Category: Tech

Copyright Au Courant – Piracy, Popcorn Time and Privacy

Lots of news in the copyright, piracy and privacy world of late.  Here’s some worth a look:

First up, this thoughtful piece by Nelson Granados on Forbes.com “How Piracy Is Still Hurting The Filmmakers And Artists You Admire.”  Granados takes direct aim at the fallacy that piracy doesn’t cause damage to Hollywood studios.

“Many think naively that studios cannot be hurt too much, because after all, you hear mostly about the movies that make hundreds of millions of dollars. But the reality for many filmmakers is that they often live on the edge, seeking financing to produce quality content, and enduring high uncertainty about whether they will be able to pay off debt and have any profit left. Given the high fixed cost of producing a quality movie, losses from piracy can be the difference between making a profit or not.”

He notes that a number of “peer-reviewed” studies quantify this damage.  Bottom line, like any industry, Hollywood depends on making a return on its investment in order to stay alive.  No matter what piracy apologists allege, that’s a basic economic fact.  Granados also touches on the particular vulnerability faced by independent filmmakers.

Most artists struggle to make ends meet as they pursue their creative work with passion and dedication. Piracy may be tipping the next Quentin Tarantino over the financial edge into bankruptcy, and we will all lose.

As I’ve often said, we (consumers) won’t be aware of what we are missing if it isn’t made.  Piracy’s damage can be insidious and, to the public, somewhat invisible, but ultimately it diminishes the quantity (and quality) of film offerings we have to choose from.

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Google hopes to see more Green with new YouTube Red

YouTube Red’s new subscription streaming service offers consumers (and pirates) ad free content to watch (and steal).

YouTube has decided to enter the subscription streaming fray with the announcement yesterday of its new (ad-free) premium channel, YouTube Red.  Despite the unfortunate choice of a name —similar to a rather notorious porn site that has both the word “red” and “tube” in its title– YouTube is hoping its new endeavor will catch some of the ad-free streaming mojo enjoyed by the popular subscription based offerings of Netflix, HULU, and Amazon Prime.  And, like the others, YouTube will develop its own slate of “YouTube Originals.”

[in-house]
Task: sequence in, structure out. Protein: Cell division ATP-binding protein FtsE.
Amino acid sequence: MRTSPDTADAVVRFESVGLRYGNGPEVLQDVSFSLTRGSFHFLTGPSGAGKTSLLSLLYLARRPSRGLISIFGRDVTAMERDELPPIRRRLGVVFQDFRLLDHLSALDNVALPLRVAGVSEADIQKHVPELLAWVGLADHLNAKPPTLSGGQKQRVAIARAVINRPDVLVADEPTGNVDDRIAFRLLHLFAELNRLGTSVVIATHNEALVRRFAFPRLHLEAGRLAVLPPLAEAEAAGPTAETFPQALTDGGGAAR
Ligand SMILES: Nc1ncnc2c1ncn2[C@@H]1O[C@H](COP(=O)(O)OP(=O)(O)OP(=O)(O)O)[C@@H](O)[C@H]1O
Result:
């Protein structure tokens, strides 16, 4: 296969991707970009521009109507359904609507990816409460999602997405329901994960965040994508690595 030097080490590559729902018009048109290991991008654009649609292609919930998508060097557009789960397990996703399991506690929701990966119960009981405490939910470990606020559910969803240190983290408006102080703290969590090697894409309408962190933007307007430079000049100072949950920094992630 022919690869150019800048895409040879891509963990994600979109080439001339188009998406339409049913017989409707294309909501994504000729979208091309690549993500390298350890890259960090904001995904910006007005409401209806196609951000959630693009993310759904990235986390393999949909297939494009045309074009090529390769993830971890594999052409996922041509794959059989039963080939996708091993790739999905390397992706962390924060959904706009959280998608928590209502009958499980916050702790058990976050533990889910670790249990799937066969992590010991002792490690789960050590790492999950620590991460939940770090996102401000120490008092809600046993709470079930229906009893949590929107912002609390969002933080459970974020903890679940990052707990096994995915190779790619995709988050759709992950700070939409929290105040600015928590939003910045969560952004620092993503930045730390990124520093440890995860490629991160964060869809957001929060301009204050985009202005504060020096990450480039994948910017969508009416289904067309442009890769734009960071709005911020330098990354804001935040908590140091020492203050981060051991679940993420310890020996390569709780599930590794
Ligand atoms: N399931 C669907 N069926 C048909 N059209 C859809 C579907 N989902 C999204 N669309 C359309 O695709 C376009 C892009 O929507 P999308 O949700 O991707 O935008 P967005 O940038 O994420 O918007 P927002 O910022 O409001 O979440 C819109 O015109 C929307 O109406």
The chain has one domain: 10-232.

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In supporting Aurous, EFF dismisses musicians’ right to earn a living

EFF comes to new music piracy app’s defense

By now many have heard the news that a much-anticipated “Popcorn Time” for music launched this week.  Dubbed “Aurous,” the new app goads users into downloading the app with the catchline,  Enjoy music how you want to for free.”  Unfortunately, as we all know, music is not free to create, nor should it be free to consume.

Andrew Sampson, developer of Aurous, claims his app is legal and compares its functionality to that of Google’s search engine.  Of course we all know what Google’s record has been when it comes to linking to pirated content.  Sampson told Billboard:

We’re pulling content from sources that are licensed. From a legal standpoint, what we’re doing is okay. All files are streamed from legitimate sources — we don’t host anything. We only share cached results over peer-to-peer…

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Copyright au courant for Friday, October 2nd.

Copyright Alliance’s new CEO takes over October, 1st.

First up in important copyright news, the Copyright Alliance’s new CEO Keith Kupferschmid takes the helm. Mr. Kupferschmid takes the reins from Sandra Aistars who has moved on to a new leadership role at George Mason University School of Law as both a professor and director of the  law school’s Arts & Entertainment Advocacy Program.

I’d like to take a moment to thank Sandra for all her hard work on behalf on indie artists, filmmakers, musicians and more.  Without her unwavering guidance these past few years, there’s no doubt in my mind that our rights as creators would have been further undermined.  Working in the trenches in Washington, and being the target of anti-copyright activists online, is not an easy job, but it’s one which Sandra handed with professionalism and grace.  I’m excited to see what she has planned for her new venture with George Mason University of Law and wish her all the best.

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With advertising on WDBJ-TV murder clips, YouTube sinks to new low

When it comes to making money, management at YouTube apparently has no shame

It’s no secret that YouTube slaps advertising on pretty much anything without regard for subject matter or ownership, but making money off of last week’s on-air murder of WDBJ-TV reporter Alison Parker and her cameraman Adam Ward is a new low.  A source tipped me off to the fact that a number of opportunistic (and shameless) YouTube “partners” have uploaded and monetized clips of both the station’s live broadcast and the video taken, (and uploaded to Twitter) by the deranged murderer as he executed the two journalists during a televised live-shot for the morning news.

While there has been an ongoing debate among news organizations about how to handle the disturbing footage, there should be no debate as to whether this footage is monetization worthy.  Earlier this year YouTube (and advertisers) were embarrassed by reports of advertisements appearing on terrorist recruiting videos.  Now this.

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